Every employment has its particular set of dangers, and those who have hot-work jobs in Pennsylvania and across the U.S. are faced with a number of challenges as they perform their daily tasks. Hot work, such as grinding, soldering, brazing, cutting, burning and welding, puts workers in risk of burns from possible ignition if sparks come in contact with combustible or flammable materials nearby. Flammable gas leaks from hot work equipment and other sources can fill the area and lead to an explosion as well.
Workers can be involved in an explosion or fire, which can lead to severe, life-threatening burns and other injuries. Those who suffer grinding-related injuries can lose a limb, finger or hand in the grinding wheel. Portable grinders have been known to send out pieces of flying metal filings, which can seriously injure employees as well.
The Occupational Safety and Health Administration advises hot work employers to ensure their employees perform hot work tasks in safe work environments. Fire hazards such as combustible materials and flammable vapors should never be in the same area where hot work is occurring, and the area should be protected with guards that keep slag, sparks and heat contained. Any immovable fire hazards should be protected as well. Employers are also urged to keep fire-extinguishing equipment within the reach of the employees in case of an emergency. One individual should be assigned to keep watch whenever hot work is taking place.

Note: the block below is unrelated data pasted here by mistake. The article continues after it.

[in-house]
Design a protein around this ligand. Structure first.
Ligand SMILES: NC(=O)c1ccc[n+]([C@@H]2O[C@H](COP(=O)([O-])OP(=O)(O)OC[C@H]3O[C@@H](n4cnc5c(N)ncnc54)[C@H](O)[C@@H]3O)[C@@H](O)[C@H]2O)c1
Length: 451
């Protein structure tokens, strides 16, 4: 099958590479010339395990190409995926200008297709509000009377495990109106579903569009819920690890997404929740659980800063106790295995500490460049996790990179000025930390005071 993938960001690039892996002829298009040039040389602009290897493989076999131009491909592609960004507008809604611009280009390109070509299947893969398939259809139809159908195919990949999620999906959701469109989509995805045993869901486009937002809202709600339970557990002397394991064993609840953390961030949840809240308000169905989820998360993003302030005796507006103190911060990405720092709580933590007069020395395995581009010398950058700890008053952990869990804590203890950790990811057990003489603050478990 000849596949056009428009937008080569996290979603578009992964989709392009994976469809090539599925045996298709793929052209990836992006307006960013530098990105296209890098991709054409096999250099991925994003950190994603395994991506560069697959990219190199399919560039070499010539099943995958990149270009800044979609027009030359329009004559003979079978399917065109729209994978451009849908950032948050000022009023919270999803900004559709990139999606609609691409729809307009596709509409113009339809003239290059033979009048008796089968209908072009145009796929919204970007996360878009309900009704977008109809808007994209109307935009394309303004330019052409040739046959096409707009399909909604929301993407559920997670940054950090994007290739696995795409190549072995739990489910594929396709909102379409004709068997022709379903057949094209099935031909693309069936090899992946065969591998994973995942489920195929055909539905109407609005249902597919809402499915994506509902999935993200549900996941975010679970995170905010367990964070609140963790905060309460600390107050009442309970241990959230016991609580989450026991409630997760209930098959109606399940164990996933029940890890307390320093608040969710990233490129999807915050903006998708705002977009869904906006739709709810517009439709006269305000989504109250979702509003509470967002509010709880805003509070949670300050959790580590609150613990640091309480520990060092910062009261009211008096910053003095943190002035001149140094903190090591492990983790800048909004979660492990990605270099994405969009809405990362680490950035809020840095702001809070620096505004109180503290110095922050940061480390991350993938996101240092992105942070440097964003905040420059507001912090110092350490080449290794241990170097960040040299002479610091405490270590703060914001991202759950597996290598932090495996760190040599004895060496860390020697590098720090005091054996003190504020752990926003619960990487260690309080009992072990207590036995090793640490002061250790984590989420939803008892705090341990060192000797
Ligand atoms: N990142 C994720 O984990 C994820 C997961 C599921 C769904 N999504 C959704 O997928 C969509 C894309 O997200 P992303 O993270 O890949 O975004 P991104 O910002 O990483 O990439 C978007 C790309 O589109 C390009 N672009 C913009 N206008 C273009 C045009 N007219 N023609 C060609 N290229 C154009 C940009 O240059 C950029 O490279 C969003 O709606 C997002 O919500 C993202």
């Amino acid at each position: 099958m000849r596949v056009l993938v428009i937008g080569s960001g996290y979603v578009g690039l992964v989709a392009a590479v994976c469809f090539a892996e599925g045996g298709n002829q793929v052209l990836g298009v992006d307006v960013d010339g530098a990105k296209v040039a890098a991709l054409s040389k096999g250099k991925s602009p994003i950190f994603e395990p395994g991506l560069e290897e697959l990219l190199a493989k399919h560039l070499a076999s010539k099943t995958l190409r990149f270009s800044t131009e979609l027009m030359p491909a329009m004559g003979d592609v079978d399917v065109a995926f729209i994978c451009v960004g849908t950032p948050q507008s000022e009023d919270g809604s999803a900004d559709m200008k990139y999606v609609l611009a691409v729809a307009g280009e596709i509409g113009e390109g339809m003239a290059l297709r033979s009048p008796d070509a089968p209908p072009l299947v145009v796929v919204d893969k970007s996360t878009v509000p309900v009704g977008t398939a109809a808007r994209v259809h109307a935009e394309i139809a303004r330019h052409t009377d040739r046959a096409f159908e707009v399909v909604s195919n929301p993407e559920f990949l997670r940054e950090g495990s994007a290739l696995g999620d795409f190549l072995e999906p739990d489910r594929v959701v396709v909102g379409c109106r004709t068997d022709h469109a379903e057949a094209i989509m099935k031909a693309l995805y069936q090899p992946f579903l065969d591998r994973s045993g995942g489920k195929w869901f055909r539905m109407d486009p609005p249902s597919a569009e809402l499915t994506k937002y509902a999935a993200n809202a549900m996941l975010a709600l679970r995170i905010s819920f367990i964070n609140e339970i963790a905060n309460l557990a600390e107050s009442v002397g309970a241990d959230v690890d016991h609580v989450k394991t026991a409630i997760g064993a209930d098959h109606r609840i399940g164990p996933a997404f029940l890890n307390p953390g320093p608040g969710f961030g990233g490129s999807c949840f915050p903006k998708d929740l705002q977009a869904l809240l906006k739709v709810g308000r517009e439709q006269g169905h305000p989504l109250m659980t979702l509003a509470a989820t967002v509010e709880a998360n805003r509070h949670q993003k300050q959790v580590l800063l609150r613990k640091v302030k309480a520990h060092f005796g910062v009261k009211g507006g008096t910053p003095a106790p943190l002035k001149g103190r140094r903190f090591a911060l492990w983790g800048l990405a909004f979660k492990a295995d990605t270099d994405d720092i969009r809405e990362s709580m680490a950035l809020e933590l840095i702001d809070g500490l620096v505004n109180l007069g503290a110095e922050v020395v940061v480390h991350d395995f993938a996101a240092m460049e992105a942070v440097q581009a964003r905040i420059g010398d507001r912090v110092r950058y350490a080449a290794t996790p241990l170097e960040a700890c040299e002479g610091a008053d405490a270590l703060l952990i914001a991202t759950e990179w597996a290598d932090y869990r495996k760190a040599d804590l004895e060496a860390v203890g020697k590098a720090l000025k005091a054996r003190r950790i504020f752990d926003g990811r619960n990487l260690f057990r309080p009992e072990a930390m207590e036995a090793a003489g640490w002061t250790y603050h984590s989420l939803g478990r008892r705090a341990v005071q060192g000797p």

Most workers in these types of occupations who are injured on the job are eligible to apply for workers’ compensation benefits, which can include medical treatment as well as in some cases partial wage replacement. They might want to meet with an attorney to learn about how to prepare and file a claim.
Source: Safety and Health, “Staying safe when performing hot work”, Nov. 27, 2016